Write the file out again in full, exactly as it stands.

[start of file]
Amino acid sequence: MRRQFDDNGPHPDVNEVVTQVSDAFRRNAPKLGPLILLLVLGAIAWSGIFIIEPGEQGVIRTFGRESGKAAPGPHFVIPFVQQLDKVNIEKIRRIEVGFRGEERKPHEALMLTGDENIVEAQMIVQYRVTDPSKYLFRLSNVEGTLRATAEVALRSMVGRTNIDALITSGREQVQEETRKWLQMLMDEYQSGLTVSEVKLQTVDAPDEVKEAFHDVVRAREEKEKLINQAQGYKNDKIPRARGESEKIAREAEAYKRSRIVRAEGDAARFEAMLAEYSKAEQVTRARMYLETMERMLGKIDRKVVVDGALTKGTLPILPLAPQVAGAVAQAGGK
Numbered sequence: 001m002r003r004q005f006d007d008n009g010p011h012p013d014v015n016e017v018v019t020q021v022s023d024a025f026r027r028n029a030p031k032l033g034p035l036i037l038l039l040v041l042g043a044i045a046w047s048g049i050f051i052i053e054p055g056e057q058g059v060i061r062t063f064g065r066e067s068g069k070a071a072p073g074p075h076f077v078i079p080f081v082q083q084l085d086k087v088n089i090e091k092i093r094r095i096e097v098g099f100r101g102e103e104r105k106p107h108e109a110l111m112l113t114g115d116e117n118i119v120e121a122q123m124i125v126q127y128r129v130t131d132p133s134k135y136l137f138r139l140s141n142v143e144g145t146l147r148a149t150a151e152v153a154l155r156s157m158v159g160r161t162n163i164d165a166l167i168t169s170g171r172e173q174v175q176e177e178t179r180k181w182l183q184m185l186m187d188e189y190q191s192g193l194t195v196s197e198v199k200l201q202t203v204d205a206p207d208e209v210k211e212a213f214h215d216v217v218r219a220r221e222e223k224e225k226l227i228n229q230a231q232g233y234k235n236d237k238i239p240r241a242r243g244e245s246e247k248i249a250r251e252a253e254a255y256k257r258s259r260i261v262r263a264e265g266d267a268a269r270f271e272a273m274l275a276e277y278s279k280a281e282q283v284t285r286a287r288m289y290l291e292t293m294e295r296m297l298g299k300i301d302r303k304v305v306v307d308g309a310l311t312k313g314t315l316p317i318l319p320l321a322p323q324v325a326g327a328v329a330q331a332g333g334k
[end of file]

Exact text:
Amino acid sequence: MRRQFDDNGPHPDVNEVVTQVSDAFRRNAPKLGPLILLLVLGAIAWSGIFIIEPGEQGVIRTFGRESGKAAPGPHFVIPFVQQLDKVNIEKIRRIEVGFRGEERKPHEALMLTGDENIVEAQMIVQYRVTDPSKYLFRLSNVEGTLRATAEVALRSMVGRTNIDALITSGREQVQEETRKWLQMLMDEYQSGLTVSEVKLQTVDAPDEVKEAFHDVVRAREEKEKLINQAQGYKNDKIPRARGESEKIAREAEAYKRSRIVRAEGDAARFEAMLAEYSKAEQVTRARMYLETMERMLGKIDRKVVVDGALTKGTLPILPLAPQVAGAVAQAGGK
Numbered sequence: 001m002r003r004q005f006d007d008n009g010p011h012p013d014v015n016e017v018v019t020q021v022s023d024a025f026r027r028n029a030p031k032l033g034p035l036i037l038l039l040v041l042g043a044i045a046w047s048g049i050f051i052i053e054p055g056e057q058g059v060i061r062t063f064g065r066e067s068g069k070a071a072p073g074p075h076f077v078i079p080f081v082q083q084l085d086k087v088n089i090e091k092i093r094r095i096e097v098g099f100r101g102e103e104r105k106p107h108e109a110l111m112l113t114g115d116e117n118i119v120e121a122q123m124i125v126q127y128r129v130t131d132p133s134k135y136l137f138r139l140s141n142v143e144g145t146l147r148a149t150a151e152v153a154l155r156s157m158v159g160r161t162n163i164d165a166l167i168t169s170g171r172e173q174v175q176e177e178t179r180k181w182l183q184m185l186m187d188e189y190q191s192g193l194t195v196s197e198v199k200l201q202t203v204d205a206p207d208e209v210k211e212a213f214h215d216v217v218r219a220r221e222e223k224e225k226l227i228n229q230a231q232g233y234k235n236d237k238i239p240r241a242r243g244e245s246e247k248i249a250r251e252a253e254a255y256k257r258s259r260i261v262r263a264e265g266d267a268a269r270f271e272a273m274l275a276e277y278s279k280a281e282q283v284t285r286a287r288m289y290l291e292t293m294e295r296m297l298g299k300i301d302r303k304v305v306v307d308g309a310l311t312k313g314t315l316p317i318l319p320l321a322p323q324v325a326g327a328v329a330q331a332g333g334k